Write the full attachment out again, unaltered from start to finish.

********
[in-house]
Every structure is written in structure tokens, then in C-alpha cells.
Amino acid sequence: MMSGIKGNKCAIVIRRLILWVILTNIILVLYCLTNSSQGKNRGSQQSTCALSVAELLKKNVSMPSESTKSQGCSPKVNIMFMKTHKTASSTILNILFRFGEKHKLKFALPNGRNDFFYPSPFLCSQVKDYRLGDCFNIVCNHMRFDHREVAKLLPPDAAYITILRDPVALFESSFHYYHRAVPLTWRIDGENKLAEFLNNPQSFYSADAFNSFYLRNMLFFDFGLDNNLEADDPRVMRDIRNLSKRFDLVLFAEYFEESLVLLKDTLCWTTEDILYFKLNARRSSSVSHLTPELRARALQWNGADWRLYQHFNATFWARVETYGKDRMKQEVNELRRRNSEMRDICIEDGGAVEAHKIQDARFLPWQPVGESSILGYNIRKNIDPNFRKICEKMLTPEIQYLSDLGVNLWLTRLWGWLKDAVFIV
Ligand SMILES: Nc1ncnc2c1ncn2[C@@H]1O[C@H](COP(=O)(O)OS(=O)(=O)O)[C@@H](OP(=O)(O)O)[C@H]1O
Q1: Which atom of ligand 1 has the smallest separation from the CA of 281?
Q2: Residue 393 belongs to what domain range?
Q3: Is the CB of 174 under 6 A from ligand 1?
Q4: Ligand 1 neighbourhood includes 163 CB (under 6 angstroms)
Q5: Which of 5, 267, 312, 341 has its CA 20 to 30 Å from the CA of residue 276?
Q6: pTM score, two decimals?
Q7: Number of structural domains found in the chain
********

[in-house]
Every structure is written in structure tokens, then in C-alpha cells.
Amino acid sequence: MMSGIKGNKCAIVIRRLILWVILTNIILVLYCLTNSSQGKNRGSQQSTCALSVAELLKKNVSMPSESTKSQGCSPKVNIMFMKTHKTASSTILNILFRFGEKHKLKFALPNGRNDFFYPSPFLCSQVKDYRLGDCFNIVCNHMRFDHREVAKLLPPDAAYITILRDPVALFESSFHYYHRAVPLTWRIDGENKLAEFLNNPQSFYSADAFNSFYLRNMLFFDFGLDNNLEADDPRVMRDIRNLSKRFDLVLFAEYFEESLVLLKDTLCWTTEDILYFKLNARRSSSVSHLTPELRARALQWNGADWRLYQHFNATFWARVETYGKDRMKQEVNELRRRNSEMRDICIEDGGAVEAHKIQDARFLPWQPVGESSILGYNIRKNIDPNFRKICEKMLTPEIQYLSDLGVNLWLTRLWGWLKDAVFIV
Ligand SMILES: Nc1ncnc2c1ncn2[C@@H]1O[C@H](COP(=O)(O)OS(=O)(=O)O)[C@@H](OP(=O)(O)O)[C@H]1O
Q1: Which atom of ligand 1 has the smallest separation from the CA of 281?
Q2: Residue 393 belongs to what domain range?
Q3: Is the CB of 174 under 6 A from ligand 1?
Q4: Ligand 1 neighbourhood includes 163 CB (under 6 angstroms)
Q5: Which of 5, 267, 312, 341 has its CA 20 to 30 Å from the CA of residue 276?
Q6: pTM score, two decimals?
Q7: Number of structural domains found in the chain